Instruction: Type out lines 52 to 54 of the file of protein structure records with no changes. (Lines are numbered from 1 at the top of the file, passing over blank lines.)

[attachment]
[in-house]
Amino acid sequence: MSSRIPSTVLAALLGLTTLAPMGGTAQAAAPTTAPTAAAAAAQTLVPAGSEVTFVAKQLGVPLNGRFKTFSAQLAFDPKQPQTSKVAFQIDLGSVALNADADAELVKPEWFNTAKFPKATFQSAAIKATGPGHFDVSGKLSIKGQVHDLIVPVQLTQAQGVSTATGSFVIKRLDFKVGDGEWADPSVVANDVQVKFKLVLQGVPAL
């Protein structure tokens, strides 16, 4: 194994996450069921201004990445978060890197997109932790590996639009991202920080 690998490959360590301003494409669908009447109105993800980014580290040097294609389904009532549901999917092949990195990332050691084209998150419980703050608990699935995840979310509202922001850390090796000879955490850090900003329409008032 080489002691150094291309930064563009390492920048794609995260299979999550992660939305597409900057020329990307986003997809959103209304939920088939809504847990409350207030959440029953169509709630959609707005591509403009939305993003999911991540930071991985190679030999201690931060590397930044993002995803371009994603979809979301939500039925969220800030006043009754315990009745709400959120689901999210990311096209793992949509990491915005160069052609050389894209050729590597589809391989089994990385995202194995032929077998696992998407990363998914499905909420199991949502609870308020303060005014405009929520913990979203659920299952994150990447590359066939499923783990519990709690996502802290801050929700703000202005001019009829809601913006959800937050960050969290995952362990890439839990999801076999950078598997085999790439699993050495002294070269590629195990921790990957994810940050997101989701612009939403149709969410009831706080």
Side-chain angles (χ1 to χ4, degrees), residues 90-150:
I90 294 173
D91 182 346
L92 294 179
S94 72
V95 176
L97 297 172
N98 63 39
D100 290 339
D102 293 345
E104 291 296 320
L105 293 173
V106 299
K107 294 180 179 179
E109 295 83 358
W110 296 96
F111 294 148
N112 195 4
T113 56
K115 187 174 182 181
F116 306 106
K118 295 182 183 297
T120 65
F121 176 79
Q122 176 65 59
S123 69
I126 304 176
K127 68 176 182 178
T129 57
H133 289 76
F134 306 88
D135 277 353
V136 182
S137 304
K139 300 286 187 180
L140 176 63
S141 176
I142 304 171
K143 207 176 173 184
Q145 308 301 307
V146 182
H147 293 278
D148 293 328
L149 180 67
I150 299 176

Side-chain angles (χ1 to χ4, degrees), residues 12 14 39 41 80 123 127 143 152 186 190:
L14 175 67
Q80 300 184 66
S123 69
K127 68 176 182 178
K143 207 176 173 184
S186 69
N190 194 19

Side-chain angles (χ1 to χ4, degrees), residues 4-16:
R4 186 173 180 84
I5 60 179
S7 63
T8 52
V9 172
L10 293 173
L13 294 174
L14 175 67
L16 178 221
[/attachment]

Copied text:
S123 69
K127 68 176 182 178
K143 207 176 173 184